Mexico Abandons Crucial International Education Testing
By THÉRÈSE MARGOLIS
Three years after Mexican students were ranked last among 38 Organization for Economic Cooperation and Development (OECD) countries in math, science and reading by the Program for International Student Assessment (PISA), the country has apparently suspended the tests altogether.
Mexico is the first country to withdraw from the PISA platform, according to the nonprofit organization Mexicans Against Corruption and Impunity (MCCI).
“We understand that Mexico’s involvement in PISA is suspended,” Halgreen said. “We have not had any new details on the matter in the last couple of months.”
The OECD, which is in charge of the test that compares basic academic skills of 15-year-olds around the globe, also said that it has not received information that the initial phase of the 2022 edition is being applied in Mexico.
The PISA test, which is administered every three years, assesses the ability of secondary school students to measure what they are learning in reading, math and science, comparing students among participating countries.
More importantly, unlike other assessment tests, the PISA exam measures the capacities of 15-year-olds to continue learning.
In theory, based on the results of this test, public policy decisions can be made to improve the performance of students and schools across the nation.
According to the last PISA test results, 35 percent of Mexican students did not achieve the minimum level of proficiency in all three subjects, compared to the average among OECD countries, which was 13 percent.
Only 1 percent of Mexican students performed at the highest level of proficiency in at least one subject, whereas the OECD average was 16 percent.
According to the MCCI, it is not clear if this suspension implies the exit of the OECD program, in which Mexico has participated since 2000, but PISA headquarters reported that the tests are not being applied according to schedule.
The last evaluation was carried out in 2018 and the next one was slated for 2021, but due to the covid-19 pandemic, it was postponed until 2022, with the application of field tests programmed for 2021.
Alma Maldonado, an education specialist at both the National Autonomous University of Mexico (UNAM) and the Center for Research and Advanced Studies at the National Polytechnical University (Cinvestav), called the suspension of the tests in Mexico “a grave error.”
“The objective of the PISA exam has always been to determine what you are going to do (based on the results to improve public education), and Mexico has always fallen short,” she said.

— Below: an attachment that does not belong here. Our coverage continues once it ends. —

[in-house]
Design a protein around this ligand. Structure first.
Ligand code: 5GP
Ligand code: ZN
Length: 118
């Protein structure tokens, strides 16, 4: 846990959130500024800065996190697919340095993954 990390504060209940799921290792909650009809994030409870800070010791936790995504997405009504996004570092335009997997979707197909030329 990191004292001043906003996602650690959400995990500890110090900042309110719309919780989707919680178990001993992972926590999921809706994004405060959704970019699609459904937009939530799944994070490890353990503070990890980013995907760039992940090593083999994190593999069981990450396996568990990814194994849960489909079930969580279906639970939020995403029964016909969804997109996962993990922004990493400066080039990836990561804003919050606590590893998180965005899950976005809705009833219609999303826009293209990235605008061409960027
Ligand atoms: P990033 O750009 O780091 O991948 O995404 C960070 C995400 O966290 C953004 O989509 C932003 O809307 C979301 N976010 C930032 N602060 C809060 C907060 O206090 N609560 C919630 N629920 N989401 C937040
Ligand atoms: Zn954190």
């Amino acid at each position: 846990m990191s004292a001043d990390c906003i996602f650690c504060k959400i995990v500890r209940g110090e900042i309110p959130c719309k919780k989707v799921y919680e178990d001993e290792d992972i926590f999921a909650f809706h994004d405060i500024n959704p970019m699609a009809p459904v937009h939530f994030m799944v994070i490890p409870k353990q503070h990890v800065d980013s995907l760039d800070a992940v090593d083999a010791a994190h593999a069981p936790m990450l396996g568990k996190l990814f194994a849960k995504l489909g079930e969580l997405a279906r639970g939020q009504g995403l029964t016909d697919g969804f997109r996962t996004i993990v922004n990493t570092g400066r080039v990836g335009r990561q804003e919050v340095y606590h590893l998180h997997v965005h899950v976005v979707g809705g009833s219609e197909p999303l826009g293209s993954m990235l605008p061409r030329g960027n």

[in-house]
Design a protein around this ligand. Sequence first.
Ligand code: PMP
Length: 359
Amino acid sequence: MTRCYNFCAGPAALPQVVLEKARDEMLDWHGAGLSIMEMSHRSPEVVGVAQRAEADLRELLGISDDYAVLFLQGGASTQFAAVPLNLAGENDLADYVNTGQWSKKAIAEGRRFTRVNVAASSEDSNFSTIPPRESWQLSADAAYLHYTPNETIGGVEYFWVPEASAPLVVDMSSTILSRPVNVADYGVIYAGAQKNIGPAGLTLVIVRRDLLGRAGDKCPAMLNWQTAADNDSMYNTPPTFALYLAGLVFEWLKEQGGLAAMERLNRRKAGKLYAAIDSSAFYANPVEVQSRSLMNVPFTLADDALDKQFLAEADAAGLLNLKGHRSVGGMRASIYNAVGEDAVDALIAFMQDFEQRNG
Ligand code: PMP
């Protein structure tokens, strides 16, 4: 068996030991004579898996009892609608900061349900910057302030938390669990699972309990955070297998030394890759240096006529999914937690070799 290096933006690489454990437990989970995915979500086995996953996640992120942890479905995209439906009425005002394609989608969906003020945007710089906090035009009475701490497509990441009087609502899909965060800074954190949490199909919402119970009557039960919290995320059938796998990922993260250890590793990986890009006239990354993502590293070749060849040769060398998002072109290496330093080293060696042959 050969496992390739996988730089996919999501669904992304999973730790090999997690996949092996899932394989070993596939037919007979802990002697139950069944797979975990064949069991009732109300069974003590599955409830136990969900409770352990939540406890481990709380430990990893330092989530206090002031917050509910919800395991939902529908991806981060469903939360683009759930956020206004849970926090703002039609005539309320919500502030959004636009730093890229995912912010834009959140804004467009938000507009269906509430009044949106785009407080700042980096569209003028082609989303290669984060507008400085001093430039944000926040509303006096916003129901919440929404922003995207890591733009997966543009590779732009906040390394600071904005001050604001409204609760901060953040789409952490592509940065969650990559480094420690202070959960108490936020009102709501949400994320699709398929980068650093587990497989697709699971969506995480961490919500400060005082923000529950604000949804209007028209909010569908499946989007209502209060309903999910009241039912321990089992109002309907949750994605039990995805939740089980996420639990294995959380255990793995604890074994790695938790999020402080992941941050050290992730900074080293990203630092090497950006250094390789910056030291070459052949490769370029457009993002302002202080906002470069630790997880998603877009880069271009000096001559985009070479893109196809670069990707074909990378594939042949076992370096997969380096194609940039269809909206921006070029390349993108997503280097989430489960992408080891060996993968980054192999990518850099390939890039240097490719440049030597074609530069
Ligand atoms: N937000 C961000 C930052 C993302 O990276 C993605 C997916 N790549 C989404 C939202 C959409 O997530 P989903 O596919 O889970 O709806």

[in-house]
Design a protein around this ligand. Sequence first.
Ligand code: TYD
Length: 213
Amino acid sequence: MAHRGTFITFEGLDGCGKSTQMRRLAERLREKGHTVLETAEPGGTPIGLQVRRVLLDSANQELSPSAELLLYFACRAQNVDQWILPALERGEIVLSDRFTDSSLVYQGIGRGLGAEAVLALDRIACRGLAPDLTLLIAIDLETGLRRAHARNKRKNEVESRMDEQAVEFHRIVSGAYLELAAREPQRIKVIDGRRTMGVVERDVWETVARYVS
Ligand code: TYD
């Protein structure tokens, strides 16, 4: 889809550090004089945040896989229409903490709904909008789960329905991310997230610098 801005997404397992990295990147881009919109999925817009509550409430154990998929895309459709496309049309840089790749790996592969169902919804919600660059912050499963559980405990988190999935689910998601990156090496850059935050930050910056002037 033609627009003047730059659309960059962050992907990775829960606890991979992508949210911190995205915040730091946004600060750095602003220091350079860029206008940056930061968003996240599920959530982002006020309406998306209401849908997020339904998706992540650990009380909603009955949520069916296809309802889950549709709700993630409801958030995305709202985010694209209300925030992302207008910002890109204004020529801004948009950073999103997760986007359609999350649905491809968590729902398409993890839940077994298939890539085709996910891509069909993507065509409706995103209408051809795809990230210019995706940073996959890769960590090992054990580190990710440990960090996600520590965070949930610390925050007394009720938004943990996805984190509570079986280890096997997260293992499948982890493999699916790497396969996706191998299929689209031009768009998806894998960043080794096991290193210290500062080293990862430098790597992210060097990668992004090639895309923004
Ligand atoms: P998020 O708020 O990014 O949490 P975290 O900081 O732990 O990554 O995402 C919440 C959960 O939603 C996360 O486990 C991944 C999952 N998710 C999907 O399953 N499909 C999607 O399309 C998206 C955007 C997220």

“PISA is used to outline the education reform implemented by (former Mexican President Enrique). There, too, it fell short.”
Maldonado said that now, without the test, there is not even a roadmap to try to improve education quality in Mexico.
If Mexico has indeed abandoned the PISA testing program permanently, this would not not be the first academic evaluation test that the administration of current President Andrés Manuel López Obrador (AMLO) has canceled.
In 2019, the UNESCO’s Regional Comparative and Explanatory Study (ERCE) test, which is applied to third- and sixth-grade students, was implements, but the AMLO government dropped out of the program once he took office in December 2018.
And in 2019, the administration abolished the National Institute for Educational Evaluation (INEE), an autonomous body, and replaced it with Mejoredu, which depends directly on the government.
If PISA is not applied, only Planea, the evaluation carried out by Mexico’s own Public Education Secretariat, would remain.
AMLO has made no secret of his disdain for international academic testing institutions.
“There is no evaluation anymore; the evaluation institute is going to disappear because it was an imposition,” he said when his eliminated the INEE.
But even AMLO’s then-Secretary of Education Esteban Moctezuma Barragán said that Mexico should continue the application of the PISA test.
“The results of the PISA 2018 test, which revealed that around 50 percent of Mexican students do not have the necessary skills to develop in society, will serve as an input to make decisions in educational policy,” Moctezuma Barragán said at the time.